Free Public Observing Night
May 10, 2014
till 10:00 p.m.
Rudy Park, York, PA. Observatory
York County Astronomical Society, Inc. is a non-profit organization
dedicated to the advancement of the science of astronomy.
Expand your mind by taking in the expanse of the universe.
Come and view the night skies with us through one of our telescopes and let our experienced
members guide you on a tour of celestial wonders, including stars, planets,
nebulae, and the moon. You are also invited to bring your own telescope and
share your experiences with other amateur astronomers. Star Charts are available to help your exploration of the nighttime sky.
For all Observing activities at John Rudy Park, if the weather is questionable, please check our voice message at 717-578-9109 for notice of any late cancellation or for an updated
status, check this website.
Observatory See: Directions
If it is clear or mostly clear, the activity will
occur as scheduled. If it is completely cloudy, raining or snowing, the activity will be cancelled.
information on events, scheduling a private party star watch, directions
to the observing site, or for general Society information
please email YCAS at: E-Mail
The April 12, 2014 Night Sky for
Sun sets at 7:42 p.m. this night and is located in the constellation
Moon this April 12th is 94.52% lit. The Moon is in the
constellation Virgo. On the 14th to 15th there is a total lunar
eclipse Totality occurs at 3:06 a.m.. See: Eclipse
Click Moon to see
Visible for Public Observing evening sky
as public observing begins is high in the west southwest in the
constellation Gemini. About 10 degrees from Jupiter are the open
star cluster M-35,
is at it's brightest in six years as seen from Earth this week
shinning at 1.5 magnitude. Mars is rising inn the east this night located in the constellation
4Vesta and 1Ceres are about 12 degrees to the left of Mars visible
this night. These two asteroids are visible with binoculars.
is just starting to rise as public observing ends.
constellation of Leo the Lion hangs high overhead and just above
the eastern horizon is the constellation Virgo rising. The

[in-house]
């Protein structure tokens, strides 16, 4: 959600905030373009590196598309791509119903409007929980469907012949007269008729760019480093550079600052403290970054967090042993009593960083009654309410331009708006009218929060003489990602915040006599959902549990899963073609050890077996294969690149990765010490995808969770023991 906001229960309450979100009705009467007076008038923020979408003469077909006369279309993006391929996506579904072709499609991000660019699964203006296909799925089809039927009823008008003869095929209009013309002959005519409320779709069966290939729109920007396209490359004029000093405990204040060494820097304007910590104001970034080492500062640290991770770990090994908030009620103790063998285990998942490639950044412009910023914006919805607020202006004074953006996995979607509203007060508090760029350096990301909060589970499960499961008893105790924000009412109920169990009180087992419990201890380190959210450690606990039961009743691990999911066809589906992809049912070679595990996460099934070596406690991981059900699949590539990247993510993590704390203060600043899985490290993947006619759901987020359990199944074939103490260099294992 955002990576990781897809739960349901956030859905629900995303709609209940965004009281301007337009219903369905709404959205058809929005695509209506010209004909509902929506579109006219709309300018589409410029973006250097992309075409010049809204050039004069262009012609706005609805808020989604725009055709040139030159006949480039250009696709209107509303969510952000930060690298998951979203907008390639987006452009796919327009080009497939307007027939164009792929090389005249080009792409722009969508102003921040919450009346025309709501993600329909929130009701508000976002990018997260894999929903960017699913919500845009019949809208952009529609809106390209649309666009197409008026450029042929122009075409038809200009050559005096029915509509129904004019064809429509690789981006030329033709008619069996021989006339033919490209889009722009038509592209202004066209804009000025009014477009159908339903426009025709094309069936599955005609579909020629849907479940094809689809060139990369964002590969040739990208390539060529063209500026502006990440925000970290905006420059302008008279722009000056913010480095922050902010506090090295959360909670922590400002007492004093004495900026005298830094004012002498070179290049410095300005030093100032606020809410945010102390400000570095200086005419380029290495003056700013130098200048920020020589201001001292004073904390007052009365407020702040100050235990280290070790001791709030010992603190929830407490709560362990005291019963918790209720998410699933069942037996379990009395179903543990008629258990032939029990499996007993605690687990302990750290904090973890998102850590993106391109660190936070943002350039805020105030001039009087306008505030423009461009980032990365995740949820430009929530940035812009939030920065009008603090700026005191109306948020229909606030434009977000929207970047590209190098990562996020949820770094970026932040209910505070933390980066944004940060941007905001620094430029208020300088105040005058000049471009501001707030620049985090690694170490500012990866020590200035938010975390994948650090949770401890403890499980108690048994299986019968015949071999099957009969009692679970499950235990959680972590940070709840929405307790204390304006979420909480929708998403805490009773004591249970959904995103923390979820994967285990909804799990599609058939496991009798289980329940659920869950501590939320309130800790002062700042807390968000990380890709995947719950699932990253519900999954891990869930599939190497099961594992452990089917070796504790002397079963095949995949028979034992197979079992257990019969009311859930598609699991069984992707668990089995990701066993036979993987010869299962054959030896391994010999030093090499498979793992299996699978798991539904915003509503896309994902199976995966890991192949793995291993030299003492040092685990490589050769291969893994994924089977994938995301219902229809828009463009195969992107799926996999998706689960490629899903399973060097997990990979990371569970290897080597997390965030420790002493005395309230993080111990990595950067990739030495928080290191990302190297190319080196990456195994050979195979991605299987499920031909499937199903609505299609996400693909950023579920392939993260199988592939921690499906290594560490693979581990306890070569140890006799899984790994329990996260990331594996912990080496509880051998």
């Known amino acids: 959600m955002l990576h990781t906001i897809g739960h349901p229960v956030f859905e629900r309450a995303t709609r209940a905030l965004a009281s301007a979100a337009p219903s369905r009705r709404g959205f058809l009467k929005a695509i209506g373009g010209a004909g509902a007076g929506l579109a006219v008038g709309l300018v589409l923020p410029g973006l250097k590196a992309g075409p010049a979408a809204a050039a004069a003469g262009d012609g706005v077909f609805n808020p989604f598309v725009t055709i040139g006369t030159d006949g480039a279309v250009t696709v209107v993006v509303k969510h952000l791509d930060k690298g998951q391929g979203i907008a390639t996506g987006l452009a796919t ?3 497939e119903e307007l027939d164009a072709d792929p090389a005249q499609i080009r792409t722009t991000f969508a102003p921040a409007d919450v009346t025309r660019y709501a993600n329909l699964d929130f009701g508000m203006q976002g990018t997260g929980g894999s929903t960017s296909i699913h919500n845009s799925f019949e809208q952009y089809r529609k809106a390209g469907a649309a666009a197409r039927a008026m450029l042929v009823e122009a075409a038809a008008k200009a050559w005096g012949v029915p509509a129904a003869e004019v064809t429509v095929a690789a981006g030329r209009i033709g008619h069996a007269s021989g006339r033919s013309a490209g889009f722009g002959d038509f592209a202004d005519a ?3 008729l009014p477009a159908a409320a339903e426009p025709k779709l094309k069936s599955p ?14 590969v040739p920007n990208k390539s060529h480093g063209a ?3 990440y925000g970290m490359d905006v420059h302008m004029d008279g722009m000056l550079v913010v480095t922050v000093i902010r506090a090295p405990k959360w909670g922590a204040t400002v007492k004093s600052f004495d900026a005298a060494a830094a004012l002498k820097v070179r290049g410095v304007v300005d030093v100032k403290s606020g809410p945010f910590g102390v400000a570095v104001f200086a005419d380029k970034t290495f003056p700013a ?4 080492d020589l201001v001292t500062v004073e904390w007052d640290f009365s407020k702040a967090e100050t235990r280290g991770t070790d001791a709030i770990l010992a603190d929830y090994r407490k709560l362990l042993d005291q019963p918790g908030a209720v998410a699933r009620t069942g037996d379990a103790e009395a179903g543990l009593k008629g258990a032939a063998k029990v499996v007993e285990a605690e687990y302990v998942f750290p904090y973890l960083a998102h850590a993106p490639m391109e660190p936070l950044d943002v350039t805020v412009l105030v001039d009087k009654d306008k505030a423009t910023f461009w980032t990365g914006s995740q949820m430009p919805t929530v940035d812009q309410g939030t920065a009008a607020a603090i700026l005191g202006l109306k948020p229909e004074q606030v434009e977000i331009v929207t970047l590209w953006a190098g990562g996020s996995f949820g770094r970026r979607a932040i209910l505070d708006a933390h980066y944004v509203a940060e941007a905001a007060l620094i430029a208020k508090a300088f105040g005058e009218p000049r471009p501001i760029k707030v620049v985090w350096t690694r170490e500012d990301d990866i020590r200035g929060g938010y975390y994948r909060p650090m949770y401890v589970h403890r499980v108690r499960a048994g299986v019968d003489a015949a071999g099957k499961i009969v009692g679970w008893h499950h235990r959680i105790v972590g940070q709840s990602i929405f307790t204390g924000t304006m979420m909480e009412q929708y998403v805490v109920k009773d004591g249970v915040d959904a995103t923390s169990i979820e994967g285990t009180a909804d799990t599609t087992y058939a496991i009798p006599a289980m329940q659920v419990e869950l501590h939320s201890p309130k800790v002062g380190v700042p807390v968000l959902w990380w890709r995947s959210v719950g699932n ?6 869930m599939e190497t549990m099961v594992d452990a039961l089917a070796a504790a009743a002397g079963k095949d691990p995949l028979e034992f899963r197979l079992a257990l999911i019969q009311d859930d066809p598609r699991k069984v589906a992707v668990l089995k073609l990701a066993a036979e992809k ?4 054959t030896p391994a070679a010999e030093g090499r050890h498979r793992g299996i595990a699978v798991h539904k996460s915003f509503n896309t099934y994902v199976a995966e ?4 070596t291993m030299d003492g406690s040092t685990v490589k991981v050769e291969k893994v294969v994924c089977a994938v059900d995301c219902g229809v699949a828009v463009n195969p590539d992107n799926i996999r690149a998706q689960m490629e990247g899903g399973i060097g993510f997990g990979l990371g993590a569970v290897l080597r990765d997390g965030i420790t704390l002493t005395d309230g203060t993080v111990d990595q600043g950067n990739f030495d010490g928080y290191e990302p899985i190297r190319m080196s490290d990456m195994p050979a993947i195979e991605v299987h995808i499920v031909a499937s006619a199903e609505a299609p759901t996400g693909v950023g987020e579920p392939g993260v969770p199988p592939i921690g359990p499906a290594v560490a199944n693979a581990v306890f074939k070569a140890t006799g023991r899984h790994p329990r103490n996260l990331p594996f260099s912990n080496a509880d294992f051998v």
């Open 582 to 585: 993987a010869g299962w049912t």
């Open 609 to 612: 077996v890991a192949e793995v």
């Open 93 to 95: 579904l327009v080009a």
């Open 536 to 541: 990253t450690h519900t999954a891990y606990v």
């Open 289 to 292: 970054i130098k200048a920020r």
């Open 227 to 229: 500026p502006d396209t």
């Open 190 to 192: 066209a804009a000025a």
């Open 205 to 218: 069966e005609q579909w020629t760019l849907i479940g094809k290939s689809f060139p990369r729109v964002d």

constellation Gemini is high in the western sky. Below Gemini in
the west are the fading winter constellations Orion the Hunter,
Taurus the Bull and Canis Major with it's bight star Sirius
which is the brightest star visible for us from earth, not
counting our Sun. It takes 8.7 light years for light from Sirius to reach us,
it is one of the closer stars from us. In the northern sky are the
constellations Ursa Major (Big Dipper) and Ursa Minor (Little
Dipper) with the north star Polaris. It takes light from Polaris
390 light years to reach us.
April 12, 2014 Night Sky Below
a memorable tour with members of the York County Astronomical Society of
Galaxies, planets, the moon and the constellations of the night sky.
and Constellations Astronomical Pronunciation Guide
the Wonders of your Universe
Picture of the Day
Our sun is almost one million miles in diameter and a million earths would fit in it.
It takes light eight minutes to reach us from the sun.
The last star shown in video is VY Canis Majoris which takes light about 5000 years to reach us
that is light traveling at 186,000 miles per second x 60 seconds
in a minute x 60 minutes in an hour x 365 days in a year x 5000 years.
VY Canis Majoris is (almost 2 billion ) 1.7 billion miles in diameter.
POLLUTION OF OUR NIGHT SKIES
What does light pollution look like?
What does your nighttime sky look like? Try this fun interactive game to see how light
pollution affects the stars you see at night:
Dark Sky Association
Weather and Directions